Lynne Chou O’Keefe’s version of the Super Bowl includes a penthouse, 300 entrepreneurs, small groups and fireside chats about healthcare providers: the JP Morgan Digital Healthcare Conference.
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And this year, she said, it’s going to be more hectic than ever. O’Keefe just closed an oversubscribed $87 million fund focused on early-stage healthcare companies, Define VC, per an SEC filing. She plans to invest with checks sized between $750,000 and $6 million across 15 to 18 investments. Current portfolio companies include HIMS, a direct-to-consumer wellness company, Tia, a womens healthcare platform and Lightship, which provides direct-to-patient clinical research solutions.
It took O’Keefe a little over a year to raise this inaugural fund, and the ex-Kleiner Perkins partner declined to disclose any LPs.
While O’Keefe hails from Kleiner Perkins, she pointed out that operating experience is the key differentiator between her fund and the number of healthcare funds out there.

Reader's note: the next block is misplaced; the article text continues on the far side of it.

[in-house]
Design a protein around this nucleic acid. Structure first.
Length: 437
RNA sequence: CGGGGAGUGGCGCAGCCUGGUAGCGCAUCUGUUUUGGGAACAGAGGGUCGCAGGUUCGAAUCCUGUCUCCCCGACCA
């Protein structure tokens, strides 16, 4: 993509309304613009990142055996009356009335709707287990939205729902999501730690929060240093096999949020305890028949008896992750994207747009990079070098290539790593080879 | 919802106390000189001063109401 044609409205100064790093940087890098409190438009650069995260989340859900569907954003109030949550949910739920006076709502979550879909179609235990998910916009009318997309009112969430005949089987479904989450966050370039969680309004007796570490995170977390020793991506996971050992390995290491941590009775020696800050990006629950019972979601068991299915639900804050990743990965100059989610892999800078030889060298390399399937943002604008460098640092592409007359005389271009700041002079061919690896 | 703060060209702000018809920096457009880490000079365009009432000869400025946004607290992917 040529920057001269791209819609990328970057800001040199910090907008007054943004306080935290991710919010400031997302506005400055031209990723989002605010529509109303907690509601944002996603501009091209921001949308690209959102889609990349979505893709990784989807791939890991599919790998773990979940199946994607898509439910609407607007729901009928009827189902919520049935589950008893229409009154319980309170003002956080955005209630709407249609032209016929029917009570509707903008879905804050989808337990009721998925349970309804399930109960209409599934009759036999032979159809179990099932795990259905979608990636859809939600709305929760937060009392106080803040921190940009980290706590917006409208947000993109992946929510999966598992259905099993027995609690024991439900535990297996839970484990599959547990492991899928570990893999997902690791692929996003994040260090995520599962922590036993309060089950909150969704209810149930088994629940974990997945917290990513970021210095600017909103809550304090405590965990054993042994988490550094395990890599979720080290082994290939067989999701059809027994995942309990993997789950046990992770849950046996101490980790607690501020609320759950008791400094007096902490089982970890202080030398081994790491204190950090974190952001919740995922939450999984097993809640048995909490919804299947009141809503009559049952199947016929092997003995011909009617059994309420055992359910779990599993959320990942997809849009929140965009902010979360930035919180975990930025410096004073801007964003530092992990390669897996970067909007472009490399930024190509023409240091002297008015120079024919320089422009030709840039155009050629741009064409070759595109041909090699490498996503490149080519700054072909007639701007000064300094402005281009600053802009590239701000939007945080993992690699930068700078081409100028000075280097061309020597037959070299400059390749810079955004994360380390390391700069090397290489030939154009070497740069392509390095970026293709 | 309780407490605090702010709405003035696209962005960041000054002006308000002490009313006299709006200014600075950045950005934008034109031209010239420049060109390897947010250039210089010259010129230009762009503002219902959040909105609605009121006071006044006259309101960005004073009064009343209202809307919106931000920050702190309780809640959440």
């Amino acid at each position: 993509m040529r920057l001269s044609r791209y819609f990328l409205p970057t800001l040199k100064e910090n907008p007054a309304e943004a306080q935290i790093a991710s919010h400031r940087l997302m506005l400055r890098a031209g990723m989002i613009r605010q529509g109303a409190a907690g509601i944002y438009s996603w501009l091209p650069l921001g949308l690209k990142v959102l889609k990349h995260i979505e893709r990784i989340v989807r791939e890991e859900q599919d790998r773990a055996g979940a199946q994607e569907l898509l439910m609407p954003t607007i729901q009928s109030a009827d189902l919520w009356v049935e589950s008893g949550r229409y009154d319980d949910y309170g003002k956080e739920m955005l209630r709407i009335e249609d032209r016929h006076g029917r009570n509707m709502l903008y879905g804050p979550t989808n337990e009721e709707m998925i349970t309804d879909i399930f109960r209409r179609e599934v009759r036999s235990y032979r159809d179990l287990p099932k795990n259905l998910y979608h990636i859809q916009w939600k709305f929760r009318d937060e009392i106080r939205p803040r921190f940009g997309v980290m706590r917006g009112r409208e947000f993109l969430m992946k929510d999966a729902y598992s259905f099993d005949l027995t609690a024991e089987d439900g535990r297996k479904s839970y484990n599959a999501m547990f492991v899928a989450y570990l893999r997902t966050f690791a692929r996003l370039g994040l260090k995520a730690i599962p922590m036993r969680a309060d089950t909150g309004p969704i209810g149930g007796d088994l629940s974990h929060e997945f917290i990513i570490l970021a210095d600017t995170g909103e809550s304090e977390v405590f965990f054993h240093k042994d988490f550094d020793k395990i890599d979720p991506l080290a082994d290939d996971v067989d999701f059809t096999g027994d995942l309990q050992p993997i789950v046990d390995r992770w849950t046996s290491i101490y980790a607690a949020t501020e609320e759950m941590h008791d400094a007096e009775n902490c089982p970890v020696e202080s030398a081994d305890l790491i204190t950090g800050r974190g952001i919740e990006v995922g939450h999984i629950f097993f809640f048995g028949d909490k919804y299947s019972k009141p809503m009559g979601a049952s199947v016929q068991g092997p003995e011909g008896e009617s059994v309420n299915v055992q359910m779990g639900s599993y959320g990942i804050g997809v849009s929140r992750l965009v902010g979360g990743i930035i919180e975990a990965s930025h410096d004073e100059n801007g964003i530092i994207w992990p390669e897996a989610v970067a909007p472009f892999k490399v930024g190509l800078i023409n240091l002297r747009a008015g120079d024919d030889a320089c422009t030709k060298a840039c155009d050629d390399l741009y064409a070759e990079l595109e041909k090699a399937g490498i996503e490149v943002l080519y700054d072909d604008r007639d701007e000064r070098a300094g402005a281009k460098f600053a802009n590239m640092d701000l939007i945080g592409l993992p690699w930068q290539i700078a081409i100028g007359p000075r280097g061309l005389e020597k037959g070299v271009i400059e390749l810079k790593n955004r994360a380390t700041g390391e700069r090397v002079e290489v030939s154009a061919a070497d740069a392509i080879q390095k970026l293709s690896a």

“[Define VC] really came from entrepreneurs,” she told Crunchbase News. “This is not an easy space to innovate in, they need people with experience building successful companies in digital health, people with real operating experience.” She explained that is why she prefers to call her investments “partners” instead of portfolio companies.
Describing it as “in the trenches operational experience,” O’Keefe spent time travelling the world–from India to Western Europe–training sales teams on behalf of Abbott, a digital health management product. She also led the effort on revamping an entire logistical chain, from research and development to manufacturing facilities, and all the way out to the customer–just because one of her products needed temperature-controlled storage.
The other member of Define, Chirag Shah, a principal, also comes from both investing and operating backgrounds.
Before heading back to prep for the digital healthcare conference–and the three forums she’s participating in along with it–O’Keefe shared a note on diversity: 29 percent of her portfolio companies are founded and led by women.
“When you look at the business of healthcare, women control 80 percent of the healthcare decisions in the home, they are the chief medical officers of the home,” she said.
Illustration: Li-Anne Dias